Important correction: See update below.
Last night, Barack Obama insisted that the public option would keep insurers honest by competing with them on efficiency. “[B]y avoiding some of the overhead that gets eaten up at private companies by profits, excessive administrative costs and executive salaries, [the public option] could provide a good deal for consumers,” Obama explained in defending the inclusion of the key principle for progressives in the House bill. But does the Obama administration and this Congress have a good track record on creating low-overhead federal entitlement programs? Let’s take a look at the final numbers from Cash for Clunkers (via Rob Port):
Transportation Secretary Ray LaHood says the government has approved $1.22 billion in reimbursements to car dealers for sales under the Cash for Clunkers program. …
The rebates led to more than 690,000 new car sales at a taxpayer cost of $2.88 billion.
The math on this isn’t exactly rocket science. The administration blew 58% of the C4C money on overhead, leaving only 42% for the dealers and the car buyers. It amounts to $1.36 of administrative cost for every dollar in subsidies granted, a terrible conversion price for even Obama’s idea of redistributionism.
What if the Cash for Clunkers program had been a charity rather than a government program? The Better Business Bureau would likely have classified it as a fraud. According to their guidelines, a reputable charity should spend at least 65% of their money on their charitable programs and no more than 35% on internal costs. Anything less than 65% should alert contributors that the charity does not spend its money “honestly, prudently and in accordance with statements made in fund raising appeals.”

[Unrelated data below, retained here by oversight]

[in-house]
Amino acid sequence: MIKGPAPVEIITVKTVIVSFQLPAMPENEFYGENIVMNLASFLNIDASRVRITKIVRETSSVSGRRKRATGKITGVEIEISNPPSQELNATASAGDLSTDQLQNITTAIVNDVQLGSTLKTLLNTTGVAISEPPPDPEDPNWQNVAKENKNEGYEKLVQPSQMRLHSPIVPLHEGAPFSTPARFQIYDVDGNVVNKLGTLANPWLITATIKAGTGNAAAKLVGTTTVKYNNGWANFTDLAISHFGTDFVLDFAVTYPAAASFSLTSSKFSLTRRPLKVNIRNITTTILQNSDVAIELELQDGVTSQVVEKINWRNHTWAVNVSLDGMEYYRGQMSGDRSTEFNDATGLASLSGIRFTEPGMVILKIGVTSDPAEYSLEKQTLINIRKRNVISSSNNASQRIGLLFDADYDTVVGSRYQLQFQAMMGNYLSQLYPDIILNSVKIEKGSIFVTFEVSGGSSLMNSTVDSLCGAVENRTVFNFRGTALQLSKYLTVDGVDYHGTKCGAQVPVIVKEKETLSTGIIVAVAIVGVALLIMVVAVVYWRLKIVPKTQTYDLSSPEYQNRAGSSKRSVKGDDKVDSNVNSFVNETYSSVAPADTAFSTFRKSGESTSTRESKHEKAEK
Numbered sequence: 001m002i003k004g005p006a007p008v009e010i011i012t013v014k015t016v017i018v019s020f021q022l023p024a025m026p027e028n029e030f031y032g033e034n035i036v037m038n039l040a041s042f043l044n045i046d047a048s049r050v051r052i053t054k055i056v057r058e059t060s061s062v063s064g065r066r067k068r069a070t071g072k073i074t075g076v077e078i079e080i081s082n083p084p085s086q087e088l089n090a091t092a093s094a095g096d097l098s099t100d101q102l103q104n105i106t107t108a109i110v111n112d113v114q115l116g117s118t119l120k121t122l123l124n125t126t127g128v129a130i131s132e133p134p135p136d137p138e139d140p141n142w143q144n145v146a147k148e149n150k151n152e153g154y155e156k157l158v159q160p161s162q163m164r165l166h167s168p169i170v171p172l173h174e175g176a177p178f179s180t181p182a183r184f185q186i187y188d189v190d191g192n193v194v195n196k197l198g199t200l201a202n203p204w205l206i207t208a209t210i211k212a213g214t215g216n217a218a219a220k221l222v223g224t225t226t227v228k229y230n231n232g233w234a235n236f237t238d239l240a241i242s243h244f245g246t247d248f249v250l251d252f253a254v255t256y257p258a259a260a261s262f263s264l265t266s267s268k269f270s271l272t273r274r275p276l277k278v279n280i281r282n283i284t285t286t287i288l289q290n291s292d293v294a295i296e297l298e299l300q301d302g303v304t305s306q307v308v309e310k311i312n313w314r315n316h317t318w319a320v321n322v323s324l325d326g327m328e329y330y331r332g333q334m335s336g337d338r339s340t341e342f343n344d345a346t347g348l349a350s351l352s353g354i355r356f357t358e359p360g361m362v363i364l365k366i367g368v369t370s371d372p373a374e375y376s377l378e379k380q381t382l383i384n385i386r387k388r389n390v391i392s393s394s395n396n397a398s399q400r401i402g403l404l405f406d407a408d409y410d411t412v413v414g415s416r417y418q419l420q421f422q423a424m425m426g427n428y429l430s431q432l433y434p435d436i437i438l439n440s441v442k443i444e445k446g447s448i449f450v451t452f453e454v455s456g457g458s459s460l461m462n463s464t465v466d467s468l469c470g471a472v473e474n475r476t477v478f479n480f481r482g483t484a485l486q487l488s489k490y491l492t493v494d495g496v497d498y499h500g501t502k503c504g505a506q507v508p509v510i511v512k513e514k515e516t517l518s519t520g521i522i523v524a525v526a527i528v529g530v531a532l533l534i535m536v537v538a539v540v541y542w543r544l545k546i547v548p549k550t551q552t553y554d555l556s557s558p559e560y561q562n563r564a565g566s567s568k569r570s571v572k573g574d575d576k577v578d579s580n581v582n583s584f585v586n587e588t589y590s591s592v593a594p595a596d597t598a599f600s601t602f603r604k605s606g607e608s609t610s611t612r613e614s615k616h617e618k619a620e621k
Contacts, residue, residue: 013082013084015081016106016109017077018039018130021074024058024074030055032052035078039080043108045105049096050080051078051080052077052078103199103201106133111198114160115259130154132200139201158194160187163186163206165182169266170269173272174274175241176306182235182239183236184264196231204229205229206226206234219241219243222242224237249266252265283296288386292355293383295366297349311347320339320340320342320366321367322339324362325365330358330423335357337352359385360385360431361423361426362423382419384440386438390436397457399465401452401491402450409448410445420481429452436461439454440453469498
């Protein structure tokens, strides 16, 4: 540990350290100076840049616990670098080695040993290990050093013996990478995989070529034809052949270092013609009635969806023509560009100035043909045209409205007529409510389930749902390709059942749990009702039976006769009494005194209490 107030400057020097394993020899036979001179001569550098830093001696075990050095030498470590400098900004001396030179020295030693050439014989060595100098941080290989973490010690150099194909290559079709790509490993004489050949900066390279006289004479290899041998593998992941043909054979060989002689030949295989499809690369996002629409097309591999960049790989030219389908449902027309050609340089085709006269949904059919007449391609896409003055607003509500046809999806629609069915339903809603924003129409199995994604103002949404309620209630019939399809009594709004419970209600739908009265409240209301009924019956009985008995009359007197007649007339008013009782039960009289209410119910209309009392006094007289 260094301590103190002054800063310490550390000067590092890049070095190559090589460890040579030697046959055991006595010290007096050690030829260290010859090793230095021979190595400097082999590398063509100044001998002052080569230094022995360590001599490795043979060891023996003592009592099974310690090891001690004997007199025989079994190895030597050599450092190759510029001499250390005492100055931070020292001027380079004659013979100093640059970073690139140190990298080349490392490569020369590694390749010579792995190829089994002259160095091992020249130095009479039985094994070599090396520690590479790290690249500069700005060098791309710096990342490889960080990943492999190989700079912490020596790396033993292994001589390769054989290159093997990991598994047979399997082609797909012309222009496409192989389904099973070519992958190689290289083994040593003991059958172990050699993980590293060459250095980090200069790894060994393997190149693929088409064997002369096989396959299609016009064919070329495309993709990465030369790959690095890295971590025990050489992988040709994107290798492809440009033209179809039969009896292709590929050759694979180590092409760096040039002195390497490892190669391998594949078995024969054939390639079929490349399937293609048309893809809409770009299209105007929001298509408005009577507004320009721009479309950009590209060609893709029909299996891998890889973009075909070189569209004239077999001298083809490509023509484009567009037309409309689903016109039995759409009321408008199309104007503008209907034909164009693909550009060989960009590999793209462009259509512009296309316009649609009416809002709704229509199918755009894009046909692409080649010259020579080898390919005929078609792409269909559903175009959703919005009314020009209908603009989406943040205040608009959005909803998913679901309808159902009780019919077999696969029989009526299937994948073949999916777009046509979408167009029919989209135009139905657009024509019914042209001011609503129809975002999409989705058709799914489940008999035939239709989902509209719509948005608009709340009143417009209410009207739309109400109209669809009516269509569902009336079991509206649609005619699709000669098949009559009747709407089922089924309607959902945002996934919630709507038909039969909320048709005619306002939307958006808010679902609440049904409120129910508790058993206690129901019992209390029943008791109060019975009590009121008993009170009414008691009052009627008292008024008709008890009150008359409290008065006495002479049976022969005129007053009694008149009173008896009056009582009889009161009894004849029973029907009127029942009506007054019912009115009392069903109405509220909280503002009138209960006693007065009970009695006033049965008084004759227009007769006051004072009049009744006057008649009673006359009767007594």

Bear this in mind when Obama talks about the low overhead of government programs.
Update: Rob Port has a corrected post, using data from Autoblog, which turns out to be more reliable than the AP:
Whoops, I read the article below a little too fast. The $1.22 billion number is the amount of rebates paid back so far. The remaining isn’t entirely administrative costs but also the amount of rebates yet unpaid. According to this article, though, the administrative costs to date have been $144 per rebate. That’s a lot of money for a simple car rebate, and with 690,000 rebates to process we’re talking over $100 million to process rebates for a program that lasted weeks. Still not every efficient.
Assuming that the average rebate comes out to $3500 (the program used a sliding scale), that comes to about a 4% overhead. That might not be bad for a health insurer, but for a rebate program? That seems like a lot of processing cost on the government end (for a worker earning $60K/year with benefits, about 5 hours for each claim), and it doesn’t count the cost of the dealer in filing and tracking the claims, either. Still, the AP article made it sound much, much worse.